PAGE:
Major Cities in Japan

By | July 9, 2022

Tokyo, Honshu Island (Japan)

According to ITYPEMBA, Tokyo is the capital of industrial Japan – its heart. Connoisseurs of the aesthetics of industrial culture should definitely start their acquaintance with the Land of the Rising Sun from its main city, and it is better from its main shopping street Ginza – the most expensive shops and restaurants are located here. It was built by English architects when the city was rebuilding after a devastating fire in 1872. And if you still want to feel like in the East, start with the Asakusa area – it has preserved the unique flavor of old Japan┬ámore than any other. In ancient times, it was famous for “houses of brothel” and was considered the most vile place in the capital. The Imperial Palace is located in the central part of the capital of Japan.

It is located on the territory of Edo Castle, which was built by the local feudal lord Dokan Ota in 1457. Tokugawa Ieyasu, the first shogun of the Tokugawa dynasty, settled in the castle in 1590 and made it his residence. Subsequent shoguns from the Tokugawa clan expanded and fortified the castle, and from 1637 it became the largest in the country. Until 1868, the official residence of the Japanese monarchs was in Kyoto. During the Meiji Restoration of 1868, which eliminated the power of the shoguns, the capital of the country was transferred to Tokyo., and Edo Castle, built between 1603 and 1651, became the emperor’s new residence. It is behind its moat and walls, among the picturesque parks of Higashi-gyoen and Kitanomaru, that the modern Imperial Palace is currently located. The buildings that survived from the Edo Castle, as well as the stone walls of the castle, were declared a national treasure in 1963 and protected by the state, and the complex of the modern imperial palace was built in 1964-1968. It was erected on the site of the former palace, built in the Meiji era and burned down in May 1945 during one of the American bombing of Tokyo.

Among the main attractions of the Japanese capital should also include the Tokyo TV tower (333 meters), the complex of ultra-modern skyscrapers “Three Towers” on the island of Harumi.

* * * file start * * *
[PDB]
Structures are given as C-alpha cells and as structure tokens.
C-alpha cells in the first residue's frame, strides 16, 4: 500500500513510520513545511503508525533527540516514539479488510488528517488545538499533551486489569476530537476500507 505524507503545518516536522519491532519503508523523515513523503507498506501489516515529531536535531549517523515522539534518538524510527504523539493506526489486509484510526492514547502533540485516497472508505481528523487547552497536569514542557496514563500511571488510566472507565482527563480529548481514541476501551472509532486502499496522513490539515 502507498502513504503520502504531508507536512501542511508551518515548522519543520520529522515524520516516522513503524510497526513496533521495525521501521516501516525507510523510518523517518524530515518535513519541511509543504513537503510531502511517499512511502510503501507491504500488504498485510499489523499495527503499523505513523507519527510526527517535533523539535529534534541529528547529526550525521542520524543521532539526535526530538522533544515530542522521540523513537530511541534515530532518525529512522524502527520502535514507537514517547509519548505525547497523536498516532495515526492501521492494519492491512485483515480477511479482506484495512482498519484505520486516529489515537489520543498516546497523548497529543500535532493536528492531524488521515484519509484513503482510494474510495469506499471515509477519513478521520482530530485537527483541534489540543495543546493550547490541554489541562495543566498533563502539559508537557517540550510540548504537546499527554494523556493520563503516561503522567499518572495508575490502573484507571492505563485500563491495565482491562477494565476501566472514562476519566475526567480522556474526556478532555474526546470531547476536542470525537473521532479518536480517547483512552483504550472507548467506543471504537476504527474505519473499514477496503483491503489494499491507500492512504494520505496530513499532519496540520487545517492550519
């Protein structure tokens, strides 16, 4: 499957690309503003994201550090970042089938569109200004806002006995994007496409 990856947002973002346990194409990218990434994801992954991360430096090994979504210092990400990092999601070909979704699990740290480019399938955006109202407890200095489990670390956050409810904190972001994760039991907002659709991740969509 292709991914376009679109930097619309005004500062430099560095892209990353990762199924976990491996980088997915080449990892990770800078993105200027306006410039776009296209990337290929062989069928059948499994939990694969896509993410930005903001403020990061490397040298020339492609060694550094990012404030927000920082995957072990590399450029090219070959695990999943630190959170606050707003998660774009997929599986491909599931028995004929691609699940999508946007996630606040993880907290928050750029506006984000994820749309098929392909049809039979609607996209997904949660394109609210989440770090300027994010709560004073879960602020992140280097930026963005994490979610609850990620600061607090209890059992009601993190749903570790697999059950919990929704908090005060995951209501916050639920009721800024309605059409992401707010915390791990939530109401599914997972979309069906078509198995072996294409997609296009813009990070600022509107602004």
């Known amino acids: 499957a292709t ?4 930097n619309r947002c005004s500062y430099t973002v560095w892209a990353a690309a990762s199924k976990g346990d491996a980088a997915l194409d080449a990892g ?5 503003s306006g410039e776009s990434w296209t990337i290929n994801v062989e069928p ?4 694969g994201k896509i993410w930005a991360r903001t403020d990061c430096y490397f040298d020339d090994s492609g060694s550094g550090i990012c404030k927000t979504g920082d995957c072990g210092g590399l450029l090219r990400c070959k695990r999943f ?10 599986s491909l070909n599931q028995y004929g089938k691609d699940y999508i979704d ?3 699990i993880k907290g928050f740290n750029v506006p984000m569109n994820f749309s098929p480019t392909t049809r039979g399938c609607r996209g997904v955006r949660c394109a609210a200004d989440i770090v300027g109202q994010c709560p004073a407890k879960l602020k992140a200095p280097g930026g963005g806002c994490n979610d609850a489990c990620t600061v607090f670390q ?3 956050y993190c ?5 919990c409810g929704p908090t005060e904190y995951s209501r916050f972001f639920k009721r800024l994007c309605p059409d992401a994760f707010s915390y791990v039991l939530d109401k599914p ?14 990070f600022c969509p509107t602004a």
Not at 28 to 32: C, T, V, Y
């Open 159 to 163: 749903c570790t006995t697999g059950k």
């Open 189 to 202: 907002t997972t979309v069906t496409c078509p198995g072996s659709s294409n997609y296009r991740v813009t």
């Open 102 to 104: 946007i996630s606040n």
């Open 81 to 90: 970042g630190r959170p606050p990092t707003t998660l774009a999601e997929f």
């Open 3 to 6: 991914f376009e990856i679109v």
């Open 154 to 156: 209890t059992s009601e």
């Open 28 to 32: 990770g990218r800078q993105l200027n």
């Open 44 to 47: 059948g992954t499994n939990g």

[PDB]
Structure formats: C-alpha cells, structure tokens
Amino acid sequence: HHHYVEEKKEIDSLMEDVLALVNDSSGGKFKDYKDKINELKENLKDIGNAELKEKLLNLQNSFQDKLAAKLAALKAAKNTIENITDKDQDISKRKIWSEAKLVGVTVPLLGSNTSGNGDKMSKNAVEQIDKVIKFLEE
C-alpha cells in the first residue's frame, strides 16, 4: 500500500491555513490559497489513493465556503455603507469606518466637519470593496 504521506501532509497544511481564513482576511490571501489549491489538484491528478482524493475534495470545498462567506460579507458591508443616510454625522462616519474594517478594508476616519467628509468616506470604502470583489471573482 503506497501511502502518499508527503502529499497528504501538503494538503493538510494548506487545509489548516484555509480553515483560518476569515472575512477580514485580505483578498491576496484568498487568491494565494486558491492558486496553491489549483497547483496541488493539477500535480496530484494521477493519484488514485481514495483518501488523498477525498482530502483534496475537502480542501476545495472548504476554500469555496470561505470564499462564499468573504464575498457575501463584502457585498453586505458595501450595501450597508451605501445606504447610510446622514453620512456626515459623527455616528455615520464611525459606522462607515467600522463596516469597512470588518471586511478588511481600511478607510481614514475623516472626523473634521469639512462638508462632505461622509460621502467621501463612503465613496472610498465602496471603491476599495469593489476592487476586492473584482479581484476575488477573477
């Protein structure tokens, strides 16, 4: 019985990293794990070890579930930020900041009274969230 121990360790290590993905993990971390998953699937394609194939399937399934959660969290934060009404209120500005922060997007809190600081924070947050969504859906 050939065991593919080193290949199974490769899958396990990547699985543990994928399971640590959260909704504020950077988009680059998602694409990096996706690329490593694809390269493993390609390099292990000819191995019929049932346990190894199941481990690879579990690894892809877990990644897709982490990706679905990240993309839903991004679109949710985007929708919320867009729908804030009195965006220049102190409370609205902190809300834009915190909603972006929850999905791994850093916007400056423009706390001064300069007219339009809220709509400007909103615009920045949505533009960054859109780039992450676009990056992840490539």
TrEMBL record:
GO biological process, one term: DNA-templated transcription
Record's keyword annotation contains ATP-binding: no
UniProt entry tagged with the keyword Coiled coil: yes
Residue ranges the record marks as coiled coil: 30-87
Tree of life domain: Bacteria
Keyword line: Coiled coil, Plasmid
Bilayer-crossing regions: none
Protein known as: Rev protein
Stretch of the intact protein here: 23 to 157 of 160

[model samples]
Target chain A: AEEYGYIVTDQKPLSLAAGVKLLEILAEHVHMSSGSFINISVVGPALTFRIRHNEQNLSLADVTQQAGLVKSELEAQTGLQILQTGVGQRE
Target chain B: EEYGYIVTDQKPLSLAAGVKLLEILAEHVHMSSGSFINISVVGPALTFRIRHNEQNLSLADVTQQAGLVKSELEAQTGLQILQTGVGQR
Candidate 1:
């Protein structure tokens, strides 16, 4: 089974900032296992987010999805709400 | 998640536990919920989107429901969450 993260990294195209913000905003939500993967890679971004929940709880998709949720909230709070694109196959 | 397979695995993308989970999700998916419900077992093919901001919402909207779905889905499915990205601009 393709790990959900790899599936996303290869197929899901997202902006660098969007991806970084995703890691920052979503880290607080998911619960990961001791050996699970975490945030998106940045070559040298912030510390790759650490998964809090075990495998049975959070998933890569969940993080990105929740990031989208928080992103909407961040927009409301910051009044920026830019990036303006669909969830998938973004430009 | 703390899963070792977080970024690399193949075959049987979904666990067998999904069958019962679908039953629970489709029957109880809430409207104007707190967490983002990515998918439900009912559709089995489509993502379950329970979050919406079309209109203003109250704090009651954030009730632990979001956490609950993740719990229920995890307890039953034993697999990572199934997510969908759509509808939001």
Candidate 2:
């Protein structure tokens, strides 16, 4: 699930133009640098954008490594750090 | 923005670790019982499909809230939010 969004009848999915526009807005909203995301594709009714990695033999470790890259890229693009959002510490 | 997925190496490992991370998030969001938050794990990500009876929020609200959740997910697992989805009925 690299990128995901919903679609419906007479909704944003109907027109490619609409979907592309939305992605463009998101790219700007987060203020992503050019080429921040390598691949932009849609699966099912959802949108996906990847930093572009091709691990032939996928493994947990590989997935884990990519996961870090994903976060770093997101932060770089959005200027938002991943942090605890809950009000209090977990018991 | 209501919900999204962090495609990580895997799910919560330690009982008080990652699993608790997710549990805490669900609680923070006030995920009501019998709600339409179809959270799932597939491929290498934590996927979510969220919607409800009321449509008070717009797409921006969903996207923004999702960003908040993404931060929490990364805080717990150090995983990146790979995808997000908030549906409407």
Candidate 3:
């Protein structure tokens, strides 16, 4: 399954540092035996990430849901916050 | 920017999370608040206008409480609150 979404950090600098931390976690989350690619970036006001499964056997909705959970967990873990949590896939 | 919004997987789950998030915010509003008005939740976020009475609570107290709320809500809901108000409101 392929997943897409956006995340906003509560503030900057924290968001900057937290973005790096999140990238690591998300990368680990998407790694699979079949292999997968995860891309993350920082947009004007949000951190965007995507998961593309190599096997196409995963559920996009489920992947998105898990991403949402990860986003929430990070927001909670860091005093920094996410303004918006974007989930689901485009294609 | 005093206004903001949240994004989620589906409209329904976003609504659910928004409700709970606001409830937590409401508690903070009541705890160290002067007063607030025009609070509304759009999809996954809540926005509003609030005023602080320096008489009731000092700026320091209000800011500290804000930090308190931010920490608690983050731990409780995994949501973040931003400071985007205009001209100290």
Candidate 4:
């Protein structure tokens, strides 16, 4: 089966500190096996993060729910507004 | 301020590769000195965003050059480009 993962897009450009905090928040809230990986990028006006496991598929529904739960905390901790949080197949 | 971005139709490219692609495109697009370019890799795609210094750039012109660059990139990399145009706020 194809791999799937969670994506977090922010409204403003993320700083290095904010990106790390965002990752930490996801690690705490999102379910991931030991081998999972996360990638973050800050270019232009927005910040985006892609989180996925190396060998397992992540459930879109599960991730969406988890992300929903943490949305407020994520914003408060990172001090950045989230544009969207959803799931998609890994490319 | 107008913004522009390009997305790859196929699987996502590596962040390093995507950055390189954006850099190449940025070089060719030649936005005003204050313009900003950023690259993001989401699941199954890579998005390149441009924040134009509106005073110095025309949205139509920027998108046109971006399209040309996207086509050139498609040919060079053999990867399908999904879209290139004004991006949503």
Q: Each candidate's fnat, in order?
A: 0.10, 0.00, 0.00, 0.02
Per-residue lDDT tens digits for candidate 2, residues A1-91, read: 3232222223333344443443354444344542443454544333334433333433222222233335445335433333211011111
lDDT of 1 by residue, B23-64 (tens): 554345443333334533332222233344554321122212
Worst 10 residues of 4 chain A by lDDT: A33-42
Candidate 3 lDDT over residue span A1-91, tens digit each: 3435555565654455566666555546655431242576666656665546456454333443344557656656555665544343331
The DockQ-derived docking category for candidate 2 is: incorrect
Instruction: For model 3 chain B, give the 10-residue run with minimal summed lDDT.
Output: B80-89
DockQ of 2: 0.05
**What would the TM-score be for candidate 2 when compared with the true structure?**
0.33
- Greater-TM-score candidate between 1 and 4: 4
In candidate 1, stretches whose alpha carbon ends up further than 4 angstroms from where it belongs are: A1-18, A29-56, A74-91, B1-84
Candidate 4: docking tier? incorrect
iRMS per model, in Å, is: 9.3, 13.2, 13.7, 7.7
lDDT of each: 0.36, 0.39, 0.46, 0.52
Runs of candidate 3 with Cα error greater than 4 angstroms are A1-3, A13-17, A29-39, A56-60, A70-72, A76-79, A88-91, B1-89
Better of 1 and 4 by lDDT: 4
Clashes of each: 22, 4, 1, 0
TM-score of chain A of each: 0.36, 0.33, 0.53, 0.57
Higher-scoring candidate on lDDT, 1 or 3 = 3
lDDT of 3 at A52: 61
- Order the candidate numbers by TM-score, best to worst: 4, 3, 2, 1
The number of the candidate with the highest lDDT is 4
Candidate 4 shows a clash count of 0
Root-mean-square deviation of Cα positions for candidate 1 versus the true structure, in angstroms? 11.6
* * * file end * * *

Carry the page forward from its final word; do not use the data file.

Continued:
AT Tokyo is home to one of the most famous and visited Shinto shrines – the Meiji Shrine. The shrine is dedicated to Emperor Meiji, who is credited with opening Japan to the outside world (before him, no one was allowed into Japan from outside), and his wife, Empress Shoken. Built in 1920 after their deaths in 1912 and 1914 respectively, the shrine was destroyed during World War II and was only rebuilt in 1958.), which was completed in 1926. Among the other interesting places of the Shrine is the museum (Homotsuden), which was built in 1921. It houses photographs and personal valuables of the Emperor and Empress.

Sensoji Temple (Senso-ji) is located in the Asakusa area. This most revered temple in Tokyo was founded in 628 to house a golden statue of Kannon, the Buddhist goddess of mercy, said to have been found by two fishermen. The temple and the five-story pagoda were heavily rebuilt after the Second World War, but this does not prevent it from being a respected and visited place. The large incense burner in front of the entrance is said to have healing properties. There are many Shinto shrines on the temple grounds.

Also, Tokyo known for its museums, some of which have no analogues in the world. These are the Kite Museum (more than 4 thousand exhibits), the Tokyo Metropolitan Museum, the Idemitsu Museum with a collection of paintings and calligraphy, the Ota Museum with an exposition of Japanese prints, the Metro Museum, as well as the Eyewear Museum, the Lighter Museum, the Water Pipe Museum, the Bicycle Museum and Bag Museum.

Osaka (Japan)

Osaka is the third largest city in Japan after Tokyo and Yokohama. Despite its rich history (before the founding of Tokyo, it had one of the leading roles in the state), tourists are traditionally more interested not in the old days of the city, but in its signs of the new century. Here we are talking primarily about such monuments of the new Japan as the Kansai International Airport, the unique feature of which is that it is the world’s first airport built on water, or rather on a 5-kilometer artificial island, poured into the sea bay.

Worth close attention and the International Center for Wholesale. The Osaka Dome is also beautiful, an indoor multi-purpose stadium that can accommodate up to 55,000 spectators.

Sapporo (Japan)

Sapporo is the capital of Japan’s northernmost and second largest island of Hokkaido, whose name translates as “way to the northern seas”. It is the most sparsely populated and least industrialized of the Big Four islands. One tenth of the island’s area is occupied by national parks, which favors the development of active tourism on the island.

Due to the rather harsh winter and the characteristic mountainous terrain, ideal conditions for winter sports are created here. For the 1972 Olympics, a modern winter sports center was even built here.

The main attractions of the city are the local Botanical Garden, which presents plants of different latitudes, as well as the Susukino entertainment quarter. But the main function of the city is transport – it is from here that countless routes and excursions around the island start.

Sapporo (Japan)